“My curiosity about the natural world is what keeps me dialed in to my work,” Keller told Colossal. “Drawing is the best way that I’ve found to understand how organisms and ecosystems work. In order to draw something realistically you have to understand how it sits in space, how it moves, the mechanics of its insides. So for me tuning into the natural world means chasing an endless series of questions. On the most minute, piece-specific scale, this can mean asking how many whorls are in the shell of a particular species of snail. On a larger scale, I’ve been developing bodies of work that ask big questions about visually engaging with the natural world in ways that honor it and inspire others to protect it.”

Often the Portland-based artist’s subjects are related in a way that might not be known to the common viewer. This can range from a drawing of plants that are endangered in Oregon to a work concentrated on flowers that can only be found in a particular part of the US. This strategy allows a deeper research to go into her practice so that the final image is not just about aesthetics, but relates to a more immediate concern for the natural world.

Keller recently participated in a week-long backpacking artist residency called Signal Fire in the Klamath National Forest which was one of many inspirations for her upcoming solo exhibition Swarm, opening October 27 at Light Grey Art Lab in Minneapolis. You can peek further into Keller’s practice on her Instagram and Facebook. (via Hi-Fructose)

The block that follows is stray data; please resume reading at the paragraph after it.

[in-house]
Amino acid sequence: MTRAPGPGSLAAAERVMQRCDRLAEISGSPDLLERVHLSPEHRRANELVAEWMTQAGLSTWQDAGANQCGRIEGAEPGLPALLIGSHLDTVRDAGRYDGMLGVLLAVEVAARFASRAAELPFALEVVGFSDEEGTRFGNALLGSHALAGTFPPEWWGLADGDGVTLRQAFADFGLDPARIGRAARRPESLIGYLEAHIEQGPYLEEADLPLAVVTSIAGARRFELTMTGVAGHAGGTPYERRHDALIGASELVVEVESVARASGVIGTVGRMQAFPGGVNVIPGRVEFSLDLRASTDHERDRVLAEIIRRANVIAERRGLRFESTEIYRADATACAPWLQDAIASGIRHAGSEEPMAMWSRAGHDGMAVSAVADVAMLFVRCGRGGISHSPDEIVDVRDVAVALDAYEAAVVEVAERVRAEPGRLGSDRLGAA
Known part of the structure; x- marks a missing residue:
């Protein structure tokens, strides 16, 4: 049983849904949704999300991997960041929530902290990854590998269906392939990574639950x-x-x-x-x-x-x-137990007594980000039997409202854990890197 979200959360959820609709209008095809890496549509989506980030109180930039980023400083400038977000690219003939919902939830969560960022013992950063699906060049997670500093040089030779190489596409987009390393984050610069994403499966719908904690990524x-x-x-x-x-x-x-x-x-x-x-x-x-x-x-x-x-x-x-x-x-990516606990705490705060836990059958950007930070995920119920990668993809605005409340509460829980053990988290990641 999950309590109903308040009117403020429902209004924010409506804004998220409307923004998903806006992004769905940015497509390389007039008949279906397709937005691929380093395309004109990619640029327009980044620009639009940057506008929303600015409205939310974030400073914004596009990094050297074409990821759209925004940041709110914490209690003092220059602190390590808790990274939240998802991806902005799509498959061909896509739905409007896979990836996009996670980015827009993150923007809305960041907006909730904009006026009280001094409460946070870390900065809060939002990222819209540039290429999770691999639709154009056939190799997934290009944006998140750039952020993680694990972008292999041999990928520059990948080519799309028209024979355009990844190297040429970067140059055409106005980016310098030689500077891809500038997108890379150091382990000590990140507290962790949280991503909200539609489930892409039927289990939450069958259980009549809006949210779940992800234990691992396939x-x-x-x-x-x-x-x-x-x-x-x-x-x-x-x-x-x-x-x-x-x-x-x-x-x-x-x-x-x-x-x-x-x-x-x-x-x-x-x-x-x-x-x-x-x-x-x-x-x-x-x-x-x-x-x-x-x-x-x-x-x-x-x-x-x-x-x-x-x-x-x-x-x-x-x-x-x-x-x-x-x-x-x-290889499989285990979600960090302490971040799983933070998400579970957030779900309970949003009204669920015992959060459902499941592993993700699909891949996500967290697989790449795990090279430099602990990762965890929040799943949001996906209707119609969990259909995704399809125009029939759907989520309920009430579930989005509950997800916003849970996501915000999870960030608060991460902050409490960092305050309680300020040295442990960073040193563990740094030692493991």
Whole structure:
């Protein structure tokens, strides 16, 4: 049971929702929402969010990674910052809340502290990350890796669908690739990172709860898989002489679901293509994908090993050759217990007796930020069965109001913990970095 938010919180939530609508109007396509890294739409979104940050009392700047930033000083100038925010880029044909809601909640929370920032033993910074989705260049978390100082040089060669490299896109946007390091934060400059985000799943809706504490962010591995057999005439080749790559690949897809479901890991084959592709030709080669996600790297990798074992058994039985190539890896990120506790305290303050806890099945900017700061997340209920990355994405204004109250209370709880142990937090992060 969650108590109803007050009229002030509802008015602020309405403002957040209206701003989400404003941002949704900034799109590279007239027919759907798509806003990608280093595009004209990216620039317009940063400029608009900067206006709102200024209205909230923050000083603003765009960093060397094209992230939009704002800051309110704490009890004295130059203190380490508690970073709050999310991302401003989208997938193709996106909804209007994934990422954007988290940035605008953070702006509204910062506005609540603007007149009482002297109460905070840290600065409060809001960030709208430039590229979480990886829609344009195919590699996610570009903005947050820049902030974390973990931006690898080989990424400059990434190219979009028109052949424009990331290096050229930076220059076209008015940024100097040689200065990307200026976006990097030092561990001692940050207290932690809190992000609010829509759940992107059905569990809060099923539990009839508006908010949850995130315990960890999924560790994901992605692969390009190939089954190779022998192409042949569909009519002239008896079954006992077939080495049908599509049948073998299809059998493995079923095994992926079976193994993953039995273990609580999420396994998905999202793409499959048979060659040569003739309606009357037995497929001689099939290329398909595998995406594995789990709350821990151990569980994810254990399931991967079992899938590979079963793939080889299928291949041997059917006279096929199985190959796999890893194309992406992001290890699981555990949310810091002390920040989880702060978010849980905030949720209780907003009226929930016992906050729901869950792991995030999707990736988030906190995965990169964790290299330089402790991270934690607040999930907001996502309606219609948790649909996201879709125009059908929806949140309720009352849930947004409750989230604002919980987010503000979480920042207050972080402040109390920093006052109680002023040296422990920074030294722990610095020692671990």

Art

Blooming Metallic Birds and Other Animals by Taiichiro Yoshida

September 28, 2017

Christopher Jobson

Hanasuzume, 2013. Copper.

Artist Taiichiro Yoshida forms the delicate wings of birds and fluffy fur of mammals from a variety of sculpted metal flowers of bronze, copper, or silver. Decorative hot metalworking in Japan is considered an ancient technique, beginning sometime in the 2-3rd century BC. Yoshida achieves the fragile nature of each piece through smithing, where the hot metal is carefully beaten and then formed into blooms before being colored.

You can see more of his work on Artsy. (via Cross Connect, Hi-Fructose)

Fire Bird, 2014. Wood, grass, copper, phosphor bronze, bird’s skull.

 

 



Art

Lisa Ericson Imagines Fantastical Ecosystems Carried on the Backs of Turtles

August 28, 2017

Laura Staugaitis

“Migration,” acrylic on wood panel, 12″ x 16″

Portland, Oregon-based artist Lisa Ericson blends her hyperreallist painting style with a vivid imagination, resulting in fantastical combinations of plants and animals. Ericson tends to focus on one specific flora/fauna combination at a time, like hybrid mouserflies or coral fish. Her most recent series, Mobile Habitats, highlights turtles that support small ecosystems on their shells. From mossy knolls surrounded by fireflies to gnarled trees leafed with monarchs, each turtle-world evokes a specific time and place.